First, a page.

Human rights in Sudan

Sudan's human rights record has been widely condemned. Some human rights organizations have documented a variety of abuses and atrocities carried out by the Sudanese government over the past several years under the rule of Omar al-Bashir. The 2009 Human Rights Report by the United States Department of State noted serious concerns over human rights violations by the government and militia groups.[1] Capital punishment, including crucifixion, is used for many crimes. In September, 2019, the government of Sudan signed an agreement with the UN High Commissioner for Human Rights to open a UN Human Rights Office in Khartoum and field offices in Darfur, Blue Nile, Southern Kordofan and East Sudan.[2] In July 2020, during the 2019–2021 Sudanese transition to democracy, Justice Minister Nasredeen Abdulbari stated that "all the laws violating the human rights in Sudan" were to be scrapped, and for this reason, Parliament passed a series of laws in early July 2020.[3]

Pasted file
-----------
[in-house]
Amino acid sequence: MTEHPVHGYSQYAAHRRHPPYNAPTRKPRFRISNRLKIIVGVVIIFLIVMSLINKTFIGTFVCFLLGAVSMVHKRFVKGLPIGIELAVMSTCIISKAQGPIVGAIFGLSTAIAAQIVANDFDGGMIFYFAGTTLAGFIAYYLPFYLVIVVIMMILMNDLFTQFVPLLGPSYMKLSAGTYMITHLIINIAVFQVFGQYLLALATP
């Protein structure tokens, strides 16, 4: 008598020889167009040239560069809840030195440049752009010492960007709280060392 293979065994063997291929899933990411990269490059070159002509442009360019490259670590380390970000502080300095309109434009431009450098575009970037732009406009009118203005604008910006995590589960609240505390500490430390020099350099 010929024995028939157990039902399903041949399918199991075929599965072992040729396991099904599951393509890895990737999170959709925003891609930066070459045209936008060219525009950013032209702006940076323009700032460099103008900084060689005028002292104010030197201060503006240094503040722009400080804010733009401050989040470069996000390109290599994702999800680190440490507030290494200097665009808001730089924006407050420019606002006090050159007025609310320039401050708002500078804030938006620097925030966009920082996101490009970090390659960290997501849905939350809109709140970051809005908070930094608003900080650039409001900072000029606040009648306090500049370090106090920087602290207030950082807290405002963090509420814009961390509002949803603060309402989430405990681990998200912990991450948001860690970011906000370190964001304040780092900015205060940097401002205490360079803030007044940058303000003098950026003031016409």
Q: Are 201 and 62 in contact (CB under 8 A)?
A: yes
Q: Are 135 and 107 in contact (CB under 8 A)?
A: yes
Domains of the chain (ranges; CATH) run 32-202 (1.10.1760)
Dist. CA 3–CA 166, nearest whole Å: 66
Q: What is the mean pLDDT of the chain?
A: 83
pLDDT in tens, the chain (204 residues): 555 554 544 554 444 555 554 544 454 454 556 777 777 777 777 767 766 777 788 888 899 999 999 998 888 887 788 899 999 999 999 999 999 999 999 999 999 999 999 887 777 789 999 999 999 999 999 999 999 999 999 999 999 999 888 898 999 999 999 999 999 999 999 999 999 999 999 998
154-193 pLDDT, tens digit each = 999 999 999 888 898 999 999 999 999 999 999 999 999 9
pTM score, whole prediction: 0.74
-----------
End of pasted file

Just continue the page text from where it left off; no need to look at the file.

Share this article:

This article uses material from the Wikipedia article Human rights in Sudan, and is written by contributors. Text is available under a CC BY-SA 4.0 International License; additional terms may apply. Images, videos and audio are available under their respective licenses.